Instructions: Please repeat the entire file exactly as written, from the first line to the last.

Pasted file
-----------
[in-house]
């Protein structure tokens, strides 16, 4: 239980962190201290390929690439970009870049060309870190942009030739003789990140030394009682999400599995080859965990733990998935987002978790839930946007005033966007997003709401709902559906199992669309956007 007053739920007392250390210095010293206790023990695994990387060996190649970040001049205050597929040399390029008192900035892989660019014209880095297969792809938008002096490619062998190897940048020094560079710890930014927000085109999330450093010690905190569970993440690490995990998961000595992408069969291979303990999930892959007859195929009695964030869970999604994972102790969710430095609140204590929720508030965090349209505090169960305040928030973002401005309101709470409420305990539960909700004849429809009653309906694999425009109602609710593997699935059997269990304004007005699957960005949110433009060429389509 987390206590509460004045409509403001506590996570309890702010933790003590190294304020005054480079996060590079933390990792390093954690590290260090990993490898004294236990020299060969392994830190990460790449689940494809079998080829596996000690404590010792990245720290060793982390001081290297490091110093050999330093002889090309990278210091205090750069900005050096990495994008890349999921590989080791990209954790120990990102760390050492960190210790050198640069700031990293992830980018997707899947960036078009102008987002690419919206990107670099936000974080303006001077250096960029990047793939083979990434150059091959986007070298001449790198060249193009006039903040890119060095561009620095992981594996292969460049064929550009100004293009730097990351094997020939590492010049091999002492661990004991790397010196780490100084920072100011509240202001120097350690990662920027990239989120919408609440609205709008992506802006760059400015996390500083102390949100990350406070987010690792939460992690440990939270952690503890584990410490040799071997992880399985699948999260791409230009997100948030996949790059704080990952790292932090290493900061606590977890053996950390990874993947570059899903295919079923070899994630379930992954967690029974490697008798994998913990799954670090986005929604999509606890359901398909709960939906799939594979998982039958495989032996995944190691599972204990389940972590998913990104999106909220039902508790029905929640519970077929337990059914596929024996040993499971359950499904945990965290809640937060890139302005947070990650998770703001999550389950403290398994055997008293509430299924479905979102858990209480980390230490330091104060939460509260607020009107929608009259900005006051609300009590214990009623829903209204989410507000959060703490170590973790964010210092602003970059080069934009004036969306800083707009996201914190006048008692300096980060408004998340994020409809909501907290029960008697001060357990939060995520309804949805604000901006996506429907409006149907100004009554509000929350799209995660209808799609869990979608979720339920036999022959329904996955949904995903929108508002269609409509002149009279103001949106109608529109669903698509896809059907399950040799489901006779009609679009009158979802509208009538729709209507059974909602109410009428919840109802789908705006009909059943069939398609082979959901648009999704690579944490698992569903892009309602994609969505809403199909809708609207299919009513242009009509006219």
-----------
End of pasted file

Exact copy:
[in-house]
């Protein structure tokens, strides 16, 4: 239980962190201290390929690439970009870049060309870190942009030739003789990140030394009682999400599995080859965990733990998935987002978790839930946007005033966007997003709401709902559906199992669309956007 007053739920007392250390210095010293206790023990695994990387060996190649970040001049205050597929040399390029008192900035892989660019014209880095297969792809938008002096490619062998190897940048020094560079710890930014927000085109999330450093010690905190569970993440690490995990998961000595992408069969291979303990999930892959007859195929009695964030869970999604994972102790969710430095609140204590929720508030965090349209505090169960305040928030973002401005309101709470409420305990539960909700004849429809009653309906694999425009109602609710593997699935059997269990304004007005699957960005949110433009060429389509 987390206590509460004045409509403001506590996570309890702010933790003590190294304020005054480079996060590079933390990792390093954690590290260090990993490898004294236990020299060969392994830190990460790449689940494809079998080829596996000690404590010792990245720290060793982390001081290297490091110093050999330093002889090309990278210091205090750069900005050096990495994008890349999921590989080791990209954790120990990102760390050492960190210790050198640069700031990293992830980018997707899947960036078009102008987002690419919206990107670099936000974080303006001077250096960029990047793939083979990434150059091959986007070298001449790198060249193009006039903040890119060095561009620095992981594996292969460049064929550009100004293009730097990351094997020939590492010049091999002492661990004991790397010196780490100084920072100011509240202001120097350690990662920027990239989120919408609440609205709008992506802006760059400015996390500083102390949100990350406070987010690792939460992690440990939270952690503890584990410490040799071997992880399985699948999260791409230009997100948030996949790059704080990952790292932090290493900061606590977890053996950390990874993947570059899903295919079923070899994630379930992954967690029974490697008798994998913990799954670090986005929604999509606890359901398909709960939906799939594979998982039958495989032996995944190691599972204990389940972590998913990104999106909220039902508790029905929640519970077929337990059914596929024996040993499971359950499904945990965290809640937060890139302005947070990650998770703001999550389950403290398994055997008293509430299924479905979102858990209480980390230490330091104060939460509260607020009107929608009259900005006051609300009590214990009623829903209204989410507000959060703490170590973790964010210092602003970059080069934009004036969306800083707009996201914190006048008692300096980060408004998340994020409809909501907290029960008697001060357990939060995520309804949805604000901006996506429907409006149907100004009554509000929350799209995660209808799609869990979608979720339920036999022959329904996955949904995903929108508002269609409509002149009279103001949106109608529109669903698509896809059907399950040799489901006779009609679009009158979802509208009538729709209507059974909602109410009428919840109802789908705006009909059943069939398609082979959901648009999704690579944490698992569903892009309602994609969505809403199909809708609207299919009513242009009509006219």